VIJAYAWADA: The silk farmers of Anantapur, who were affected because of the summer heat last year and declining prices of cocoons, have suffered more losses due to Covid-19 crisis this year as there was no market for the last seven months. Now, with markets reopening one by one and increasing demand for a ban on Chinese silk, the silk farmers hope for a better future.
Since sericulture was introduced in the State several decades ago, Anantapur farmers have been in the forefront of cultivating mulberry and producing cocoons. Despite the declining prices of cocoons in the market for the past few years in view of the dominance of Chinese silk, sericulturists in the district were not that discouraged, but with silence in the market in the last seven months, several farmers temporarily gave up on sericulture.
According to Anantapur sericulture department joint director D Padma, anywhere between 10,000 to 12,000 acres under sericulture (mulberry cultivation) was lost, with 3,000 to 4,000 farmers shifting to other crops. “It could be temporary and we expect them to take up mulberry cultivation once again, when normalcy is restored,” she said.
Reason for the trend is the cascading effect of the closure of markets for a long duration. Due to the lockdown, the textile and handloom market was hit. No transactions and no sales happened for several months, resulting in stockpiling of the finished products with companies and master weavers. As a result, the silk yarn production was hit, resulting in no demand for the fresh cocoons.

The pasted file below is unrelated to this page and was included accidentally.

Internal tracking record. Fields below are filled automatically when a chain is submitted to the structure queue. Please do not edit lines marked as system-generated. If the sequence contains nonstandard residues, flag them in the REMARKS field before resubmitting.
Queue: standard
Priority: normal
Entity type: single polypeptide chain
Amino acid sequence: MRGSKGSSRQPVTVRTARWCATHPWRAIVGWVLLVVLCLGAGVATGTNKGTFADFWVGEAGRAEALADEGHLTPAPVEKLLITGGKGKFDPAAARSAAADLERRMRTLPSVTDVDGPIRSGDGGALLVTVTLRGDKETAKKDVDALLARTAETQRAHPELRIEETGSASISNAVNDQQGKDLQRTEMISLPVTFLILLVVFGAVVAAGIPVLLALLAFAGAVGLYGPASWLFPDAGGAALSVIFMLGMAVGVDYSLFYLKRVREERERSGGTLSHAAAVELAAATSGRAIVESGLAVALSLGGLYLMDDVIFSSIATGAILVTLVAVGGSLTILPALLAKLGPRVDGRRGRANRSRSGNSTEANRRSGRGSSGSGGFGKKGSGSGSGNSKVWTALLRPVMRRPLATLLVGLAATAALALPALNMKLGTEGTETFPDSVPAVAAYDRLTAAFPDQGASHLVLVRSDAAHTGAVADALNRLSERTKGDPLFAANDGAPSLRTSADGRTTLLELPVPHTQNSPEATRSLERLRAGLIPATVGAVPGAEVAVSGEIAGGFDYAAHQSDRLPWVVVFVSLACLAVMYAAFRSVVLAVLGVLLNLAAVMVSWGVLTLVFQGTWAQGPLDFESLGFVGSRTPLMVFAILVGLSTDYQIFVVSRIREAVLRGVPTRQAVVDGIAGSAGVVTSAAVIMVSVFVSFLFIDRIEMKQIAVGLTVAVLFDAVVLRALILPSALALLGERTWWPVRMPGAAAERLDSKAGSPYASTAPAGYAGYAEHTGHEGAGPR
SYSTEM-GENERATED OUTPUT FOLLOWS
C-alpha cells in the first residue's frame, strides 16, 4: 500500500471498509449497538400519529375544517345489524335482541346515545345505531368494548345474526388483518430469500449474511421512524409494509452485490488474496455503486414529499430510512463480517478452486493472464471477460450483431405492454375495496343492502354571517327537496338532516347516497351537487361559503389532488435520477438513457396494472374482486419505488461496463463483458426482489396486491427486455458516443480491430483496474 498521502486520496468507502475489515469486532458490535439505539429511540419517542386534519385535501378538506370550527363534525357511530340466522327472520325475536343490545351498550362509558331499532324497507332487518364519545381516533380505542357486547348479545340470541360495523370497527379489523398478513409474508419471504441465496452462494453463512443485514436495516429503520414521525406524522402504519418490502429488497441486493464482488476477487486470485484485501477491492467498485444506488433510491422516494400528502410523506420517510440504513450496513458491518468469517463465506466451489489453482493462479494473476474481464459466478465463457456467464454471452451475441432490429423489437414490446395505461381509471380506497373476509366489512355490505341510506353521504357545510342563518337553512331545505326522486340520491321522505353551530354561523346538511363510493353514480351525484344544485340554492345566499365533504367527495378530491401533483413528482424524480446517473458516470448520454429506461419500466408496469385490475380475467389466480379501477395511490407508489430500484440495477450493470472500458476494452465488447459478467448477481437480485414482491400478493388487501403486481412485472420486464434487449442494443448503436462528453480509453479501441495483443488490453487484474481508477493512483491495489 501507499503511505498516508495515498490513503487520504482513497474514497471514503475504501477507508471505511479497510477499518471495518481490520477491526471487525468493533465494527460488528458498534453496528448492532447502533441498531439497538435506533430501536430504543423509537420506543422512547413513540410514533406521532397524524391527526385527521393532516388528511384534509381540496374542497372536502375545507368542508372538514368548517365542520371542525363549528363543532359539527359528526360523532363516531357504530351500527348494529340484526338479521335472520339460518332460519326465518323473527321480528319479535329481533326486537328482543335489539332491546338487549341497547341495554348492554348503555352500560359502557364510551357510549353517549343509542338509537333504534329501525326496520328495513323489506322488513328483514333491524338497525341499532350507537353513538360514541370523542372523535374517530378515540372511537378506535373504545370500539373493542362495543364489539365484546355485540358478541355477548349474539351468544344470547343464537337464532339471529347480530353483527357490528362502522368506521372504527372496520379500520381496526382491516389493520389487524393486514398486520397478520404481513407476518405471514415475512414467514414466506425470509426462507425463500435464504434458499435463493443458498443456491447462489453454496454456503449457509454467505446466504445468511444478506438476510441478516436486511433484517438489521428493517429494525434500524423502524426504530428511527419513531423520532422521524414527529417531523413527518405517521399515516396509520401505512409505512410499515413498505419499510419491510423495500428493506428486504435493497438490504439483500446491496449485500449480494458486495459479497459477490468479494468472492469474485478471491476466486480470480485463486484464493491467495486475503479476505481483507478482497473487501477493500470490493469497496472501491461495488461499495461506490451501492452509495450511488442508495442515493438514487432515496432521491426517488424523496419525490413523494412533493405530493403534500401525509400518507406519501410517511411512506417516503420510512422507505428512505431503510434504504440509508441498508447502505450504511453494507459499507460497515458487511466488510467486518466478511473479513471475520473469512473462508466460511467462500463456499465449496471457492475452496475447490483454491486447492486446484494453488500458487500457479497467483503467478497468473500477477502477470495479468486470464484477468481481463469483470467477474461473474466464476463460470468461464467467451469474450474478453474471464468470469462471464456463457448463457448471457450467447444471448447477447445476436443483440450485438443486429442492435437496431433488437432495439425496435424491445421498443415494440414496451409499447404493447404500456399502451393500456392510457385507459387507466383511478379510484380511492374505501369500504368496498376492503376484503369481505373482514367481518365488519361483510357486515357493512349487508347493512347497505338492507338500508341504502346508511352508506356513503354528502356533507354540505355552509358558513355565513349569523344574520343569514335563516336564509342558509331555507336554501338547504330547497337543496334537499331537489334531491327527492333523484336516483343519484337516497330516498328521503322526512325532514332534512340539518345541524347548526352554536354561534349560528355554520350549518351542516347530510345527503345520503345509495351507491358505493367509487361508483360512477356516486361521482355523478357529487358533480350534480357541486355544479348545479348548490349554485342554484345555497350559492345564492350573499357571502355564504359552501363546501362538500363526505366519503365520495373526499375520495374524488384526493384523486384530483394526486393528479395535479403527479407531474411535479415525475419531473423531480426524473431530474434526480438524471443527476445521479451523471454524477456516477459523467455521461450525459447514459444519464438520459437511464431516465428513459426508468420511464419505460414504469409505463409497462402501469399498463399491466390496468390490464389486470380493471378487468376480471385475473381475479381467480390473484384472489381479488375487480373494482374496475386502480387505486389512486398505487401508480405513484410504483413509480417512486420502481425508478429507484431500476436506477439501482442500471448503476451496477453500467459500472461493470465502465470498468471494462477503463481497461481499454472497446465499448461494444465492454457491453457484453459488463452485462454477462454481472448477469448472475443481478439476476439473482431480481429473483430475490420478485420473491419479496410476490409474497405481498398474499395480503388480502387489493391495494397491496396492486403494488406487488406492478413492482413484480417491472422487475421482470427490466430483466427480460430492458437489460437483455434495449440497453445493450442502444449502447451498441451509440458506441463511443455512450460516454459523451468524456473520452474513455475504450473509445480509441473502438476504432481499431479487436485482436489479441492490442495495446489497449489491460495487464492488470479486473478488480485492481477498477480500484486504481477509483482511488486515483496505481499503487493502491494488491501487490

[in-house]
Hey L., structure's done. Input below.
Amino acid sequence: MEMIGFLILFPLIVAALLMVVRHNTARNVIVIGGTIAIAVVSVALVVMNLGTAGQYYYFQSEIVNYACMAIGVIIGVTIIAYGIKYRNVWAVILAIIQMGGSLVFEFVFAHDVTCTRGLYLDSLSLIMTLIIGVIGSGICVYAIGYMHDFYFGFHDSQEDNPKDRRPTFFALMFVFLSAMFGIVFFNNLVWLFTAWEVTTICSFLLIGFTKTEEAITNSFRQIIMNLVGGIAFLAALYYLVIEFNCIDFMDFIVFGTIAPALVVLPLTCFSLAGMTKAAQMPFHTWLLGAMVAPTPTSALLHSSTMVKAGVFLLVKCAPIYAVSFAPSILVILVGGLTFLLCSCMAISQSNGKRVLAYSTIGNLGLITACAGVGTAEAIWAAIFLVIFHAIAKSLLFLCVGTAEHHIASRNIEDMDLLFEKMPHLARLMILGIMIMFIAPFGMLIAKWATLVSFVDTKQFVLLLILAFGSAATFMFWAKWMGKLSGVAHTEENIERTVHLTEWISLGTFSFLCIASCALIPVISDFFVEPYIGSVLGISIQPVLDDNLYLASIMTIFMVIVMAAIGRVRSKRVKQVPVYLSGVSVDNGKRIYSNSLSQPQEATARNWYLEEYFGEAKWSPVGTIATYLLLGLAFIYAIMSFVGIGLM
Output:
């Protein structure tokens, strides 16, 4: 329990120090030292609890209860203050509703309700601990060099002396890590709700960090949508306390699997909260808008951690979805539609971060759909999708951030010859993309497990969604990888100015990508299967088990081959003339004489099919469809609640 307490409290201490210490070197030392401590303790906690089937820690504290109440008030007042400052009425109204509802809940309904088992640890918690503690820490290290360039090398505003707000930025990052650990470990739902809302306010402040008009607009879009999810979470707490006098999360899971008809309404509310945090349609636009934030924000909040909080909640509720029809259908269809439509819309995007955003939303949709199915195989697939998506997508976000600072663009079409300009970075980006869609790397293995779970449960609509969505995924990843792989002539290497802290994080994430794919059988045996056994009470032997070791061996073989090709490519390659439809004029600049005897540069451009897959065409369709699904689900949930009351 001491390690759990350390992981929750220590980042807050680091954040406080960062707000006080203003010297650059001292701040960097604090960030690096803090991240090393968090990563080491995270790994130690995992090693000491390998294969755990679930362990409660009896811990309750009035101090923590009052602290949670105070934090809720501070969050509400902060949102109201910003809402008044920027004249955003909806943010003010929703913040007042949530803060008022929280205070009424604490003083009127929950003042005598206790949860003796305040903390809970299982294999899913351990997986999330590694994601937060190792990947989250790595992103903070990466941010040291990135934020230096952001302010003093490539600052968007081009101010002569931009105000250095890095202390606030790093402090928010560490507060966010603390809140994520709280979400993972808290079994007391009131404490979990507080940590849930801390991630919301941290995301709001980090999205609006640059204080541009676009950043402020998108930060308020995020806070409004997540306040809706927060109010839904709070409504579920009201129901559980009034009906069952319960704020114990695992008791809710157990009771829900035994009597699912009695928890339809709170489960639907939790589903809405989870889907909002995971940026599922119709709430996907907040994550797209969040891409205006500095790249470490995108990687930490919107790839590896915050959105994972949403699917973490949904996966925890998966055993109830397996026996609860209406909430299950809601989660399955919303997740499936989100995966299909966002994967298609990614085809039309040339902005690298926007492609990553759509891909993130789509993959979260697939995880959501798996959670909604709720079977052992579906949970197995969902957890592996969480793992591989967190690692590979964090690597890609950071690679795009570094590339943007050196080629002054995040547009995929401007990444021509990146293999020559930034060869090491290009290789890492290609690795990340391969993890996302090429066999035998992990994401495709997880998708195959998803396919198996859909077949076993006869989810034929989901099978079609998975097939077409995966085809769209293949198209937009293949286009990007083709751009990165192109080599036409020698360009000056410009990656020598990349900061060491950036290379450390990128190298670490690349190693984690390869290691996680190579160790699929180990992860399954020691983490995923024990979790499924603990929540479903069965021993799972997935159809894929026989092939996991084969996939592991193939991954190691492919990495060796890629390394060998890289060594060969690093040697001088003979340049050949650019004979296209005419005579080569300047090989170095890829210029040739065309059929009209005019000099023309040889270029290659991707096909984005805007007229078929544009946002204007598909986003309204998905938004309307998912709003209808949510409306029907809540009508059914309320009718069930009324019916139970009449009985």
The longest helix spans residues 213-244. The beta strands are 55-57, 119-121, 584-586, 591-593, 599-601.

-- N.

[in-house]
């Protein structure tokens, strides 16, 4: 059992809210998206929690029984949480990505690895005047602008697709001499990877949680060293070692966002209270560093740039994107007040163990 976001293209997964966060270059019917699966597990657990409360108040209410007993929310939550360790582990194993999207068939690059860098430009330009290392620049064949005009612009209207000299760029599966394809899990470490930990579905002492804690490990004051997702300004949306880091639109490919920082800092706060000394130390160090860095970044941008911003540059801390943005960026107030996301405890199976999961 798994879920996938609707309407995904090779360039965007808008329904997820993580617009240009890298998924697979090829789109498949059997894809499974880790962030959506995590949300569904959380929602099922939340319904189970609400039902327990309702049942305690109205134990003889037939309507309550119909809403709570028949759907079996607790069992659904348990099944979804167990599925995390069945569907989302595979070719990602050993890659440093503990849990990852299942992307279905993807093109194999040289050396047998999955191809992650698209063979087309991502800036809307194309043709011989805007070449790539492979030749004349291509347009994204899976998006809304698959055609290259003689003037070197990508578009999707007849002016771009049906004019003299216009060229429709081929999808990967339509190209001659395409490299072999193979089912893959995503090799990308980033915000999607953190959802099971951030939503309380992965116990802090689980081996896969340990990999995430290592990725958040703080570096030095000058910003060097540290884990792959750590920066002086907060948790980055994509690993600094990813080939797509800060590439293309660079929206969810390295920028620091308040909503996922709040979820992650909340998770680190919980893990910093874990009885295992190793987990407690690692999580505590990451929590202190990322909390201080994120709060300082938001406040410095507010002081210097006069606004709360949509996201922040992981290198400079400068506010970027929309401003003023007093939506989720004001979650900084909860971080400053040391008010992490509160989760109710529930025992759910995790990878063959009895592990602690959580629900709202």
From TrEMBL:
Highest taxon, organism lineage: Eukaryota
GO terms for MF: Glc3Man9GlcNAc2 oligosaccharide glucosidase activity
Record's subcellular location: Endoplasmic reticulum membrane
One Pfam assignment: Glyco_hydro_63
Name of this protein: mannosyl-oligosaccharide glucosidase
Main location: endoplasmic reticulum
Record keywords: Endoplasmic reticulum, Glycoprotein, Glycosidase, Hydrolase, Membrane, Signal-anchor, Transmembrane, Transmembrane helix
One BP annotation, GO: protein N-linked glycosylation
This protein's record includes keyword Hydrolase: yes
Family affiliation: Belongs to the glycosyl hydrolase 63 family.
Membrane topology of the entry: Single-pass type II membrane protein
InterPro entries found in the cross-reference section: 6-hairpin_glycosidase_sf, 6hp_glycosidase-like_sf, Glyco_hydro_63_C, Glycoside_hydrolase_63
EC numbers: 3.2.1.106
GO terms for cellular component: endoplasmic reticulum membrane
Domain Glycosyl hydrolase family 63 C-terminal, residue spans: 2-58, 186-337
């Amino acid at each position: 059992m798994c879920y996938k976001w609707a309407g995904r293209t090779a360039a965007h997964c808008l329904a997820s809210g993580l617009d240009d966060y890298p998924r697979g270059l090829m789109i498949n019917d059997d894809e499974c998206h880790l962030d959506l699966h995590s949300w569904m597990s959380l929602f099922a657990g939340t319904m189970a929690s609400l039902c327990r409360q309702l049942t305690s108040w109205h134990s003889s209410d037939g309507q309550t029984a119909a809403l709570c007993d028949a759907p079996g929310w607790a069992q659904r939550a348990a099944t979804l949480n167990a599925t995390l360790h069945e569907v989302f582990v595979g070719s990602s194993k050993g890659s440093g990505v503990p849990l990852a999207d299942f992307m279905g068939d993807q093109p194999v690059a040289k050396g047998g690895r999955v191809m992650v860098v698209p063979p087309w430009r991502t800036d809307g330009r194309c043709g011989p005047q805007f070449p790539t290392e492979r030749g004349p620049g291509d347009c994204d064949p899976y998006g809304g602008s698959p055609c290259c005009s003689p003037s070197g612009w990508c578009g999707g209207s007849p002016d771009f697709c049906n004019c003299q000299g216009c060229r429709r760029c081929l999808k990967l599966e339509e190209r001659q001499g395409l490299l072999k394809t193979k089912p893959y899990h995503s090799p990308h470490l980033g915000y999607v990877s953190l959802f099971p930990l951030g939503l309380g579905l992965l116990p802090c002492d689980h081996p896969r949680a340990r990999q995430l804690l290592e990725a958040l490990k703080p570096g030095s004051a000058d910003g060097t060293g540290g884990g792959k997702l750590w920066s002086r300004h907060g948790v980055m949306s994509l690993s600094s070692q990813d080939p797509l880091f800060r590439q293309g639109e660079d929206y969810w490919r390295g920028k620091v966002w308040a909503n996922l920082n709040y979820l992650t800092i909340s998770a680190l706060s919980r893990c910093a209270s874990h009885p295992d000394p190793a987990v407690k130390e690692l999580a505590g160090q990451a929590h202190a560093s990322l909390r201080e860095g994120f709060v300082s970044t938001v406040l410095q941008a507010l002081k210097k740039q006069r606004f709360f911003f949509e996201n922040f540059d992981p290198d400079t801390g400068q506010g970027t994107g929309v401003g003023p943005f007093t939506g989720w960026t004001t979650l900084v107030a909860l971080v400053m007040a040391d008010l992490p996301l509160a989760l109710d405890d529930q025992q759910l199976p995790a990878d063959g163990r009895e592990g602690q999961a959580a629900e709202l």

Further, availability of workers has become a problem in view of Covid-19 restrictions. “As we are not having sales of the cocoon, payment of wage, Rs 300 to Rs 500 per day per worker, has become a burden and at the end of the day, we are suffering losses,” said Aswarthappa, a silk farmer from Sadlapalle in Lepakshi mandal. He says if the market situation is good, it is beneficial. For the past few years, the market is not that good.
Unlike before, silk farmers are being provided with silkworms from Chawki Rearing Centres, where the young silkworms are bread in a controlled climate. “Since the last one year, cost of production and income are not balancing. If it continues, I may go for other crops. I hope the situation will get better,” said Manjunath, another silk farmer from Lepakshi mandal. Silk farmers in the State hope for a mechanism in place for MSP (like in agricultural crops), steady market and procurement by the government in case of volatile market condition.
42,000 acres: Areas of sericulture in Anantapur district
50 per cent of the cocoon production in the State is from Ananatapur and Chittoor district
10,000 acres to 12,000 acres under sericulture (mulberry cultivation) was lost, with 3,000 to 4,000 farmers shifting to other crops
How they faced loss
Markets remain closed for a long duration
Due to lockdown, the textile and handloom market was hit
No transactions and no sales happened for several months, resulting in stockpiling of the finished products with companies and master weavers
As a result, the silk yarn production was hit, leading to no demand for the fresh cocoons